In the hospitals where I have practiced, there have always been eye ointments available, most of which are petroleum-based, for corneal protection along with eye tapes. In our practice, it is common for the surgeons to request the use of this lubricant without tapes or adhesive dressing to the eyes when performing procedures on the head and neck, most often in the presence of endotracheal anesthesia. These surgeries commonly involve electrocautery. I have seen literature recommending all petroleum-based products be restricted from the operating room. I have seen a number of hospital policies that ban use of petroleum products and strong warnings against use in other locations where oxygen is administered by nasal cannula, such as with home COPD users. Does the APSF have any position on the use of petroleum-based eye ointment in head and neck surgeries or on the use of petroleum-based products in the operating room in general? Does the eye ointment commonly used by anesthesia professionals present a fire risk? My understanding is that the ointment, as well as the glycerin-based substitute carry a flammability rating of one. I am assuming that the use of such ointment would be against recommendations in surgeries utilizing an open oxygen source. Is this the case?
The use of lubricant in this manner has never been implicated in an operating room fire here. Does the foundation have any reports implicating the lubricant in such a fire? Thank you for your time and your strong role in patient advocacy, lending support to the members of our profession against practices that could cause harm.
Rebekah L. Scotch, MD NorthStar Anesthesia Worchester, MA
Dear Dr. Scotch:
Thank you for your question and your interest in prevention of surgical fires. Here are some answers to the questions in your letter.
Does the APSF have any position on the use of petroleum-based eye ointment in head and neck surgeries or on the use of petroleum-based products in the operating room in general?
Specific to ointments, the APSF does not have a discrete position on the use of petroleum-based eye ointments. However, the APSF does take a leading role in efforts and education to prevent surgical fires. We focus mainly on reducing the fire risk by limiting the concentration of the open delivery of oxygen to less than 30% FiO2 or to control the airway with an LMA or endotracheal tube if a higher oxygen concentration may be required.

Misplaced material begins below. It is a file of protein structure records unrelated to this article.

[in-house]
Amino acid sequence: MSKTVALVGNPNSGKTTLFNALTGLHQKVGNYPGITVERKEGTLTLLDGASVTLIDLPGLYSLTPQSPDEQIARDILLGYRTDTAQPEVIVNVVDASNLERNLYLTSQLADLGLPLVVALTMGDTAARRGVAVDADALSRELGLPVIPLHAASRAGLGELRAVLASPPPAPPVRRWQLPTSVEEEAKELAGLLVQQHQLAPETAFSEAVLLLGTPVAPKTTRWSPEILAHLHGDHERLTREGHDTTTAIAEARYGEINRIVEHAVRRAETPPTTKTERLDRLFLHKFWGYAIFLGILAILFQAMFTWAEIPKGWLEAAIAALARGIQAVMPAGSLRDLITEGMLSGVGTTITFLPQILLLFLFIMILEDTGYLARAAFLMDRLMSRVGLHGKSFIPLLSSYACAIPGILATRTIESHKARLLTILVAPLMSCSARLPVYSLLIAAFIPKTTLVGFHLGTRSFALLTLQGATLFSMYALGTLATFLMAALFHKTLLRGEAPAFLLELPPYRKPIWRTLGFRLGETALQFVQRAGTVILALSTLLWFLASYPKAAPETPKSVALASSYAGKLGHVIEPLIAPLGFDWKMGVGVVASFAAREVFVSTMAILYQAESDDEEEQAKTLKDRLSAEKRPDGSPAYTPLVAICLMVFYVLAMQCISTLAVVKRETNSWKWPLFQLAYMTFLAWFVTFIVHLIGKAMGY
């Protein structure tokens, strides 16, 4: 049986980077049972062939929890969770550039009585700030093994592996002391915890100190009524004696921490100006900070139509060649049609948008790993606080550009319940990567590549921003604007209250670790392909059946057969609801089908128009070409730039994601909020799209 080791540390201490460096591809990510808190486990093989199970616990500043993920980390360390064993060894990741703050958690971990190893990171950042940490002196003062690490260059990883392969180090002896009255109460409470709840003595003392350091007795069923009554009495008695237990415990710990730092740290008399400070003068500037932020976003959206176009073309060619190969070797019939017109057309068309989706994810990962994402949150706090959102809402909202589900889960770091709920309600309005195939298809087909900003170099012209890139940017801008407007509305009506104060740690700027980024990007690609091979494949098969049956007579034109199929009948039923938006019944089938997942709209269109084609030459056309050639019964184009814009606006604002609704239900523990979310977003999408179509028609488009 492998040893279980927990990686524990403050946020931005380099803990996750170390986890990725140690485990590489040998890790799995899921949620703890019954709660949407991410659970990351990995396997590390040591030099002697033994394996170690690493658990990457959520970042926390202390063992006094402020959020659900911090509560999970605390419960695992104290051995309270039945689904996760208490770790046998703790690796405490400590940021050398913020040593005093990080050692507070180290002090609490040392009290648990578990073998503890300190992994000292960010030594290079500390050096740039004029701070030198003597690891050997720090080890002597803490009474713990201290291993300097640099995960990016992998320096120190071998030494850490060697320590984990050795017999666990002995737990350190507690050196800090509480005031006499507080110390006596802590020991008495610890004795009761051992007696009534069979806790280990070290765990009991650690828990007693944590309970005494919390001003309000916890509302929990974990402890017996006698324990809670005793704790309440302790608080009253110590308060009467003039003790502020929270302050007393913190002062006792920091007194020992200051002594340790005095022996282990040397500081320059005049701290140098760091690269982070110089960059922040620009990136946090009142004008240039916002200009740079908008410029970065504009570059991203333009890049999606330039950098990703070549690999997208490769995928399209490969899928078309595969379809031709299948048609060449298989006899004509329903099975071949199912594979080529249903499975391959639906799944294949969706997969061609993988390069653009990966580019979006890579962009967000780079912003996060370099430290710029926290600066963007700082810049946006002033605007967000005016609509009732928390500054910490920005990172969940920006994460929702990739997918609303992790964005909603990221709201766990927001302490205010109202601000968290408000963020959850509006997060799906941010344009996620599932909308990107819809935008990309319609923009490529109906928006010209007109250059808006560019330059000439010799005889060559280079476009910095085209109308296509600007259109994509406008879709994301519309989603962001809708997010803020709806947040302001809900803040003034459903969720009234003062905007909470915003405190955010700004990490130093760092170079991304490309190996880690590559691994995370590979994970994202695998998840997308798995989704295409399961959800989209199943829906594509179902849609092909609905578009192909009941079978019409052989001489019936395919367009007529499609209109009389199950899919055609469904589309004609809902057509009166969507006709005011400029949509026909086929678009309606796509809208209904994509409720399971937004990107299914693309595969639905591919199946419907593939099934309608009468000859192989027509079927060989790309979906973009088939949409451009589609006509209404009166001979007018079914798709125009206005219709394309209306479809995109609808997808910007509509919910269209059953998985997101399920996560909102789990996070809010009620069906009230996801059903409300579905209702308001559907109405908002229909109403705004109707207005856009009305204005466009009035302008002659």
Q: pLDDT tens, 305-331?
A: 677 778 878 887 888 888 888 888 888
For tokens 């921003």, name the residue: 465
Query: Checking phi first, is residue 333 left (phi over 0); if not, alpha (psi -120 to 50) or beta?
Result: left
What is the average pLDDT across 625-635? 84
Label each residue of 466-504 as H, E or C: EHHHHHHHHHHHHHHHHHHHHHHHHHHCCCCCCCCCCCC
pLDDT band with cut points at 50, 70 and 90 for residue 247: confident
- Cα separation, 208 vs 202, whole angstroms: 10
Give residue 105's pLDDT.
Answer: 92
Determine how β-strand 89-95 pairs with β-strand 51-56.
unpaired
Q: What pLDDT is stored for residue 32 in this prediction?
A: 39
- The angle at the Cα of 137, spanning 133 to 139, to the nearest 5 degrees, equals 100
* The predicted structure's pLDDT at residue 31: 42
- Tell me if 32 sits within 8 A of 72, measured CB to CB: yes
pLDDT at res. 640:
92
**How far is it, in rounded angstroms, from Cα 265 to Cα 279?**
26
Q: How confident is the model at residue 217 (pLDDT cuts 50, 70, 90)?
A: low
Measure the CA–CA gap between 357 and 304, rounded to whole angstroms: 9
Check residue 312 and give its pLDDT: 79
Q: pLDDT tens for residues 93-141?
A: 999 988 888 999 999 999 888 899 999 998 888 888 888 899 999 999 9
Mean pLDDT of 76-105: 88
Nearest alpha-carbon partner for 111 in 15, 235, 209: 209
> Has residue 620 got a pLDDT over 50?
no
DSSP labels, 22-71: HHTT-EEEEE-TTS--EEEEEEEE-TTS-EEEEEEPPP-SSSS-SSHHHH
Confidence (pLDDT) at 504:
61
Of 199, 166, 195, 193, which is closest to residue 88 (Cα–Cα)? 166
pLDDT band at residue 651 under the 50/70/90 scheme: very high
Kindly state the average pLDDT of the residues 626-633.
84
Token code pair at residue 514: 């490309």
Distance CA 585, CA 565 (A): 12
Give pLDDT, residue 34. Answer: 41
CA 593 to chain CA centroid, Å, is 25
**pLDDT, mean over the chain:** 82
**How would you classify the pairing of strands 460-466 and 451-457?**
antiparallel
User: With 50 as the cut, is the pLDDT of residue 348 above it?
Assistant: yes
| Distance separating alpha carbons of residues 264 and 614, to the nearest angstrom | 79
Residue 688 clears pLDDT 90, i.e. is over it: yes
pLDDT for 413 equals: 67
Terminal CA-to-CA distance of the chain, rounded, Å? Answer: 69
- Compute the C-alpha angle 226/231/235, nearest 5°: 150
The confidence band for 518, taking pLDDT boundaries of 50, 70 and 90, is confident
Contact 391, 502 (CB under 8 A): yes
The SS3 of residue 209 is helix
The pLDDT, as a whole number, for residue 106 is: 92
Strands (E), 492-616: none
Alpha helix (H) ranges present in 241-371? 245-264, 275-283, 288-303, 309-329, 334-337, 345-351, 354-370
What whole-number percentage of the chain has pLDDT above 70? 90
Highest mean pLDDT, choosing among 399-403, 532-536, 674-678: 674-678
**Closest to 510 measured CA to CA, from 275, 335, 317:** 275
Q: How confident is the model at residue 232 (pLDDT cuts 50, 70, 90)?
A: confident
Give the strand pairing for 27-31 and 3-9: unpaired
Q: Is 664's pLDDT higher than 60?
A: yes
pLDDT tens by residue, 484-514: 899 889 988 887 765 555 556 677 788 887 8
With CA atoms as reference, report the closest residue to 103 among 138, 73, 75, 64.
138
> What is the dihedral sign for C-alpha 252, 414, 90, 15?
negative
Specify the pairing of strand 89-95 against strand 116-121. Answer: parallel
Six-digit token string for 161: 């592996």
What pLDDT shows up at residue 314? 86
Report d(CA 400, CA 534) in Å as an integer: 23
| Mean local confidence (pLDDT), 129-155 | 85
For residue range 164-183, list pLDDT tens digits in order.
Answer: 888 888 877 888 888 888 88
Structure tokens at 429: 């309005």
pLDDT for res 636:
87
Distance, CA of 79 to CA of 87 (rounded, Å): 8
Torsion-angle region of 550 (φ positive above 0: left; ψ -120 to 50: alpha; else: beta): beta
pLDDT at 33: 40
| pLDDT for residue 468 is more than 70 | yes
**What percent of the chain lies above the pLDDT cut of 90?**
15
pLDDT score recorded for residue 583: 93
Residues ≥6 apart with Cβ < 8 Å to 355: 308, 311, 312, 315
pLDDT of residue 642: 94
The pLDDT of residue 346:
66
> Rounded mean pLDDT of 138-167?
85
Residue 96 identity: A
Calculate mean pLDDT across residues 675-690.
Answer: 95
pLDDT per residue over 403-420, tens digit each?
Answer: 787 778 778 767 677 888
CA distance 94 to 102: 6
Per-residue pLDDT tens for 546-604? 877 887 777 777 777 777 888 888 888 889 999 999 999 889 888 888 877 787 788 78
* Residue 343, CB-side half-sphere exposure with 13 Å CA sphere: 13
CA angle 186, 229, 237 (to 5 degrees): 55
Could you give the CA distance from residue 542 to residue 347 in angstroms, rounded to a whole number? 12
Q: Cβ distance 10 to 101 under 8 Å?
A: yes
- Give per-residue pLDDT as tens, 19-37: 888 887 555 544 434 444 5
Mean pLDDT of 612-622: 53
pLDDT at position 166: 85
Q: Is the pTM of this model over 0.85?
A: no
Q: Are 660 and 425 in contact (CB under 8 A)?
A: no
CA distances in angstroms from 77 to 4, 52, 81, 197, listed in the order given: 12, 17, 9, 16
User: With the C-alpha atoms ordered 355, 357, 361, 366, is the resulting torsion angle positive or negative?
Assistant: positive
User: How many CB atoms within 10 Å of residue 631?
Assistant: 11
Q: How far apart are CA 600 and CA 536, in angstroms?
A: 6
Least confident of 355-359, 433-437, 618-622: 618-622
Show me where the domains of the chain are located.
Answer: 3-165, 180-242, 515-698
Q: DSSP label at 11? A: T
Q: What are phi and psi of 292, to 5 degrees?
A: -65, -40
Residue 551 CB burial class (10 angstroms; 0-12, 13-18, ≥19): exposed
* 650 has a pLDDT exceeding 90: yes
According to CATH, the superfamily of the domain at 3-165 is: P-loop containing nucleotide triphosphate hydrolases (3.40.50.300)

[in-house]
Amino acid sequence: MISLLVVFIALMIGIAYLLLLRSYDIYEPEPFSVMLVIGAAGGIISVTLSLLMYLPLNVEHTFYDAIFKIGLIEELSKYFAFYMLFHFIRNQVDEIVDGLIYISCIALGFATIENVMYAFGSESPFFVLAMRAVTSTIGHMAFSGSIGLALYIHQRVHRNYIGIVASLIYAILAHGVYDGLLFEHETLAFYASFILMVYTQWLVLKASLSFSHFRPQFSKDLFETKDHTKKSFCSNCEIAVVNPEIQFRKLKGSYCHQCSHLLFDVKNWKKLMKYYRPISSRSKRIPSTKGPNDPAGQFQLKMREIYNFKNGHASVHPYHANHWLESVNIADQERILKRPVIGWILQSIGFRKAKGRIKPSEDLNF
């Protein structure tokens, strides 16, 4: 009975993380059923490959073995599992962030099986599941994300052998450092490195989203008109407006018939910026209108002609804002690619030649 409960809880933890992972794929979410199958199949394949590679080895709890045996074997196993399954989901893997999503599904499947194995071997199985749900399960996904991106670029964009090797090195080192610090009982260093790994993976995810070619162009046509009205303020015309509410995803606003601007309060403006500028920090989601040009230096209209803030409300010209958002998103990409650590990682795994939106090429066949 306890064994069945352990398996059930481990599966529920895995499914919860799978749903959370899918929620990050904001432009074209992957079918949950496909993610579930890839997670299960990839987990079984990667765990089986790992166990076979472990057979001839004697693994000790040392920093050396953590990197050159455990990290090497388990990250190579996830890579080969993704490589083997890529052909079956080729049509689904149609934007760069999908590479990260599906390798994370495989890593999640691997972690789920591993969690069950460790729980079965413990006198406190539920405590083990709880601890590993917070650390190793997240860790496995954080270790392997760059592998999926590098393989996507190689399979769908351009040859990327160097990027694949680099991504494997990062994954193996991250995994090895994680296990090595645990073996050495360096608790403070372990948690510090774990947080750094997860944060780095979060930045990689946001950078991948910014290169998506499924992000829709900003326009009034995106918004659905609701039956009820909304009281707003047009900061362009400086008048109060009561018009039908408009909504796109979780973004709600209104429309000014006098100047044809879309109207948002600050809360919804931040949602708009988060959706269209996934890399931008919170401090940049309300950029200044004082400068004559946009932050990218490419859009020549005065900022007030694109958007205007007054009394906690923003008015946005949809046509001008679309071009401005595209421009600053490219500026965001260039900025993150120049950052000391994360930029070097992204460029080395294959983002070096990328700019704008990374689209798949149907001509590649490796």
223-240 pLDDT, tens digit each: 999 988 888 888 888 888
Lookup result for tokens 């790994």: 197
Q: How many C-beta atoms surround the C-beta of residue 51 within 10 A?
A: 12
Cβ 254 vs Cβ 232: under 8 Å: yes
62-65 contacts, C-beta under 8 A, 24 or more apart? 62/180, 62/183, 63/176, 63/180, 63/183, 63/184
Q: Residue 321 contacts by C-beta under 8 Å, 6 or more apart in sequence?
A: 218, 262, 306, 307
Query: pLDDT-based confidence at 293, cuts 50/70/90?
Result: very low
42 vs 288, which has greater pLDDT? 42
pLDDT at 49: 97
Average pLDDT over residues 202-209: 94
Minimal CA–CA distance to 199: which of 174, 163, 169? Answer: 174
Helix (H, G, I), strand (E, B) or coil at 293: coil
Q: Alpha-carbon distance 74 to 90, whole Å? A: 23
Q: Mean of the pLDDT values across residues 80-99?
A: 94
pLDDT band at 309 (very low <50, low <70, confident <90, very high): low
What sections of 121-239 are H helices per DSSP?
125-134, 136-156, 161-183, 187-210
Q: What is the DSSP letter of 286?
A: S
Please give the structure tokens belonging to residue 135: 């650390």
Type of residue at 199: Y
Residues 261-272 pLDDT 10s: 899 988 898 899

Some debate exists if lubricant is needed, prevents harm, or even increases risk for ocular trauma. Some believe the best corneal protection is provided by taping the eye in a “lash to lid” fashion where the upper lash is approximated to lower lid and then the eye taped closed.
Does the eye ointment commonly used by anesthesia professionals present a fire risk?
Yes, of the 3 elements needed for a fire (fuel, an oxidizer, and ignition source) the anesthesia providers are usually responsible for controlling the oxidizer (oxygen and nitrous oxide) concentration. Application of petroleum based eye ointment is one of the few instances where anesthesia providers are responsible for the fuel source.
My understanding is that the ointment, as well as the glycerin-based substitute carry a flammability rating of one. I am assuming that the use of such ointment would be against recommendations in surgeries utilizing an open oxygen source, is this the case?
Petroleum/paraffin based ointments are flammable, as are most substances, in an oxygen-enriched environment. Flammability ratings are based upon room air concentration of oxygen and not an increased oxygen concentration. The proximity of the fuel, such as ointments, to open delivery of oxygen in concentrations greater than 30% and to an ignition source such as an electrosurgical unit (ESU) establishes the surgical fire risk. Another factor to consider is the amount of lube applied. A thin coat is more prone to ignite because of inability to dissipate heat over a large amount of ointment.
The use of lubricant in this manner has never been implicated in an operating room fire here. Does the foundation have any reports implicating the lubricant in such a fire?
Since reporting of surgical fires is not mandated uniformly across the US, incidence really cannot be calculated. One surgical fire case describes the open delivery of oxygen via cannula, petroleum-based lube in the eyes, and use of an ESU to remove skin lesions near the eye that resulted in second-degree facial burns. Again, a confluence of all 3 elements needed to create a fire. If the oxygen concentration is kept to less than 30%, especially in cases of an intubated patient, and the ignition source is distant, this greatly reduces the risk for fire. So when in doubt, limit the oxygen concentration!
Charles E. Cowles, MD, MBA Associate Professor Department of Anesthesiology and Perioperative Medicine The University of Texas MD Anderson Cancer Center Houston, TX
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